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  • Cited by 7
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    This article has been cited by the following publications. This list is generated based on data provided by CrossRef.

    McKay, Jade and Devlin, Marcia 2016. ‘Low income doesn't mean stupid and destined for failure': challenging the deficit discourse around students from low SES backgrounds in higher education. International Journal of Inclusive Education, Vol. 20, Issue. 4, p. 347.

    BORN, GEORGINA and DEVINE, KYLE 2015. Music Technology, Gender, and Class: Digitization, Educational and Social Change in Britain. Twentieth-Century Music, Vol. 12, Issue. 02, p. 135.

    Broad, Stephen and O'Flynn, John 2012. Special Issue: Current Issues in High Music Education. Music Education Research, Vol. 14, Issue. 1, p. 1.

    Moore, Gwen 2012. ‘Tristan chords and random scores’: exploring undergraduate students' experiences of music in higher education through the lens of Bourdieu. Music Education Research, Vol. 14, Issue. 1, p. 63.

    Burwell, Kim and Shipton, Matthew 2011. Performance studies in practice: an investigation of students' approaches to practice in a university music department. Music Education Research, Vol. 13, Issue. 3, p. 255.

    Ashwin, Paul 2008. Accounting for structure and agency in ‘close-up’ research on teaching, learning and assessment in higher education. International Journal of Educational Research, Vol. 47, Issue. 3, p. 151.

    Cox, Gordon and Pitts, Stephanie 2008. The British Journal of Music Education 2003–2007: an editorial retrospective. British Journal of Music Education, Vol. 25, Issue. 03, p. 253.


The socio-cultural and learning experiences of music students in a British university

  • Nicola Dibben (a1)
  • DOI:
  • Published online: 01 March 2006

Research into student experience in Higher Education has largely focused on students' role as learners. However, the student experience encompasses a much wider range of behaviours and beliefs than can be captured through a focus on teaching and learning alone. I report the findings of a research project which explored student experience in the music department of a British red-brick university. Music presents a particularly interesting case study given the presence of extra-curricular musical activities, the opportunity for social interaction between staff and students outside the formal context of the lecture or seminar room, and perceptions of Western art music as a form of ‘middle-class’ culture. Analysis of survey and interview data reveals the centrality of musical performance activities, and in particular the development of a performer identity, to students' experience of belonging and achievement. The influence of students' socio-economic background is also considered: social class was largely invisible to respondents within the departmental context, possibly because it is an invisible norm, within larger contemporary discourses in which social class is equated with financial difference rather than cultural difference. However, the research revealed an association between socio-economic background, term-time employment and academic achievement. The implications of these findings for teaching and learning in music in Higher Education are considered.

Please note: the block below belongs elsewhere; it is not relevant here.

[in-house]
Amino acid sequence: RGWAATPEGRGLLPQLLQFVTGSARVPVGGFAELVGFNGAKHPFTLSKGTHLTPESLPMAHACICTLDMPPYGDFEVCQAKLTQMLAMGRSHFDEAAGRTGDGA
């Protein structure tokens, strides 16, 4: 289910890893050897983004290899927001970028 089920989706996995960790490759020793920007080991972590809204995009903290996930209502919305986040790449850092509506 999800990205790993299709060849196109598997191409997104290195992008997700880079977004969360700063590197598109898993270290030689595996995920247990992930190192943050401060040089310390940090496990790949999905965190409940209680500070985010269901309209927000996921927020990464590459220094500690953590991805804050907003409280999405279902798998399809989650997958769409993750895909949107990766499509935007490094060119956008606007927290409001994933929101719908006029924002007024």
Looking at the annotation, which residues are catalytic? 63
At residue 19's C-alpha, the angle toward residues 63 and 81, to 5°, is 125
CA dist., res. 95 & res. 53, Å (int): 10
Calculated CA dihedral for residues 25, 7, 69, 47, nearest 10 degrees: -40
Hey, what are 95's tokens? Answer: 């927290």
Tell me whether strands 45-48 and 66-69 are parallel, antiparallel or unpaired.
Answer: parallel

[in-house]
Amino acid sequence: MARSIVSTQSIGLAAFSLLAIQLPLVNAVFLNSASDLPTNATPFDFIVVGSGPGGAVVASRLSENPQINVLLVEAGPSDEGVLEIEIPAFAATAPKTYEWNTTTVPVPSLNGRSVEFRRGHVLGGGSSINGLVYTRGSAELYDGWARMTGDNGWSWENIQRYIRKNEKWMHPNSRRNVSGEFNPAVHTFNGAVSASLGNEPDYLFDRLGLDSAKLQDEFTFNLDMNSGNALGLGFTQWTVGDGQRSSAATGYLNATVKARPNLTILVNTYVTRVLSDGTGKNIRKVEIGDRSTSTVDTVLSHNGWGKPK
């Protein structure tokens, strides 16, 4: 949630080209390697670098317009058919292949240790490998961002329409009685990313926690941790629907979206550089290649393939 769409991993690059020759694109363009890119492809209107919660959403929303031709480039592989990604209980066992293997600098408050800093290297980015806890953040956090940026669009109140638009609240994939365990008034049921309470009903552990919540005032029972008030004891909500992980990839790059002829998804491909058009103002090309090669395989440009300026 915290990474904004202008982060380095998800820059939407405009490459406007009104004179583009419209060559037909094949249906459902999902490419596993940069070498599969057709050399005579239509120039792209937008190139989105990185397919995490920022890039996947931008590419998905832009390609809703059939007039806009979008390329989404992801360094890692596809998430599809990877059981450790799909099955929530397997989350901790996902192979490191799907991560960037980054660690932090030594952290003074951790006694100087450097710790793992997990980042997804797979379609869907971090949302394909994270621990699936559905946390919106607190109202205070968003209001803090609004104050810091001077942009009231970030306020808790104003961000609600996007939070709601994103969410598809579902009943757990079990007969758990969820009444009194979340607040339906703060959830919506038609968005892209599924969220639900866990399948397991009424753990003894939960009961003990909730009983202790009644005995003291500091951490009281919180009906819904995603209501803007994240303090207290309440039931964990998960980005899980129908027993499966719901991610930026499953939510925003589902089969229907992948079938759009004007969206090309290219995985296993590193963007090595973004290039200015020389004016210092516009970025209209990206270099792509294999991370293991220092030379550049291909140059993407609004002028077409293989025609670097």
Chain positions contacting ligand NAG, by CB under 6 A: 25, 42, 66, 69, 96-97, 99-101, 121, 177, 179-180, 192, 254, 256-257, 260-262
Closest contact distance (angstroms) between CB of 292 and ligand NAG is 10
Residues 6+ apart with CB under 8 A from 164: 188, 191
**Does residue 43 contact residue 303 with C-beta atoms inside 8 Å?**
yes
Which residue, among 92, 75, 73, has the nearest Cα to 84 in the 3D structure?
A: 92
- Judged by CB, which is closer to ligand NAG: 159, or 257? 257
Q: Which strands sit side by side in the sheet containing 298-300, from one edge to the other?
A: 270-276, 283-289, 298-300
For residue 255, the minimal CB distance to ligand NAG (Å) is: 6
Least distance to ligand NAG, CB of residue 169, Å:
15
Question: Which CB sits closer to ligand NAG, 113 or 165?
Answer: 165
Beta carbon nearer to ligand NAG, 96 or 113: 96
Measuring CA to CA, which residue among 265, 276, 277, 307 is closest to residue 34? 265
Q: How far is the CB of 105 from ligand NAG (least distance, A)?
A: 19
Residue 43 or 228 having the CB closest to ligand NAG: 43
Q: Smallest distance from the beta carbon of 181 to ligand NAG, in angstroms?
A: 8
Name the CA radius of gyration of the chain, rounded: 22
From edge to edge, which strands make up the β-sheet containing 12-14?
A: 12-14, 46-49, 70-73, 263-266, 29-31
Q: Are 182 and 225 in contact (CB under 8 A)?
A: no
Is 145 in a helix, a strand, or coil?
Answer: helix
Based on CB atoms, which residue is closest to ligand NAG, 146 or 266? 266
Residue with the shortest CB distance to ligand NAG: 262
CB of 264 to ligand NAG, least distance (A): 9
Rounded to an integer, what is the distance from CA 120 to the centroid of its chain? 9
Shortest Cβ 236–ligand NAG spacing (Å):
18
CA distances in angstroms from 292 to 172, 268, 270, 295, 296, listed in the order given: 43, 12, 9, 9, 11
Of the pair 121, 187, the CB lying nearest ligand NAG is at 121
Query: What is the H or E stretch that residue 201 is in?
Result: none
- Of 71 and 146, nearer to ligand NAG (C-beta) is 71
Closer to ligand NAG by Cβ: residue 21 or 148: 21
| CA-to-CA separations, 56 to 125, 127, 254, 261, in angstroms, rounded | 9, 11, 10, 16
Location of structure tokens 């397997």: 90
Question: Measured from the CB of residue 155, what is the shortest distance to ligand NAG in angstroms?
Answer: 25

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British Journal of Music Education
  • ISSN: 0265-0517
  • EISSN: 1469-2104
  • URL: /core/journals/british-journal-of-music-education
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